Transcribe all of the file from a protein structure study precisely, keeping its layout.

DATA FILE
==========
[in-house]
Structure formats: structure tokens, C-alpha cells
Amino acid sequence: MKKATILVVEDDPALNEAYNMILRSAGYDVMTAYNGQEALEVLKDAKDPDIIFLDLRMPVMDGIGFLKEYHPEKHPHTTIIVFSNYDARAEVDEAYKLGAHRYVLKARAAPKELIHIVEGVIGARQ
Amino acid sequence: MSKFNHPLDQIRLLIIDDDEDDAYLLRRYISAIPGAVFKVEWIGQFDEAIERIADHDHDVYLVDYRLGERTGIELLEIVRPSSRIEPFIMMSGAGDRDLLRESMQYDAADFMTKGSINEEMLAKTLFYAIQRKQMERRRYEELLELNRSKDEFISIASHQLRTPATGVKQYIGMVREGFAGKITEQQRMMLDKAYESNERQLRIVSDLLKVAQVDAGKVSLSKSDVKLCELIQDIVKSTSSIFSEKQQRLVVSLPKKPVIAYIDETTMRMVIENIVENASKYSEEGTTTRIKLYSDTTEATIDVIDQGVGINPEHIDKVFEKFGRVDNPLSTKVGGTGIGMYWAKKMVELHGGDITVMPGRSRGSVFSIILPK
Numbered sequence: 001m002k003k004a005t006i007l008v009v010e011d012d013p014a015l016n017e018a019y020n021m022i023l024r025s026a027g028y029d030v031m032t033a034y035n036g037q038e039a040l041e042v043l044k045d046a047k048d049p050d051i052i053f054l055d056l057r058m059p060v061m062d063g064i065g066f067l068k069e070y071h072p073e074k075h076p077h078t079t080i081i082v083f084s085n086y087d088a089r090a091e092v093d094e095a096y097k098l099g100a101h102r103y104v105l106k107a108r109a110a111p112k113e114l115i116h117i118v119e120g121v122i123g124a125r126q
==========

[in-house]
Structure formats: structure tokens, C-alpha cells
Amino acid sequence: MKKATILVVEDDPALNEAYNMILRSAGYDVMTAYNGQEALEVLKDAKDPDIIFLDLRMPVMDGIGFLKEYHPEKHPHTTIIVFSNYDARAEVDEAYKLGAHRYVLKARAAPKELIHIVEGVIGARQ
Amino acid sequence: MSKFNHPLDQIRLLIIDDDEDDAYLLRRYISAIPGAVFKVEWIGQFDEAIERIADHDHDVYLVDYRLGERTGIELLEIVRPSSRIEPFIMMSGAGDRDLLRESMQYDAADFMTKGSINEEMLAKTLFYAIQRKQMERRRYEELLELNRSKDEFISIASHQLRTPATGVKQYIGMVREGFAGKITEQQRMMLDKAYESNERQLRIVSDLLKVAQVDAGKVSLSKSDVKLCELIQDIVKSTSSIFSEKQQRLVVSLPKKPVIAYIDETTMRMVIENIVENASKYSEEGTTTRIKLYSDTTEATIDVIDQGVGINPEHIDKVFEKFGRVDNPLSTKVGGTGIGMYWAKKMVELHGGDITVMPGRSRGSVFSIILPK
Numbered sequence: 001m002k003k004a005t006i007l008v009v010e011d012d013p014a015l016n017e018a019y020n021m022i023l024r025s026a027g028y029d030v031m032t033a034y035n036g037q038e039a040l041e042v043l044k045d046a047k048d049p050d051i052i053f054l055d056l057r058m059p060v061m062d063g064i065g066f067l068k069e070y071h072p073e074k075h076p077h078t079t080i081i082v083f084s085n086y087d088a089r090a091e092v093d094e095a096y097k098l099g100a101h102r103y104v105l106k107a108r109a110a111p112k113e114l115i116h117i118v119e120g121v122i123g124a125r126q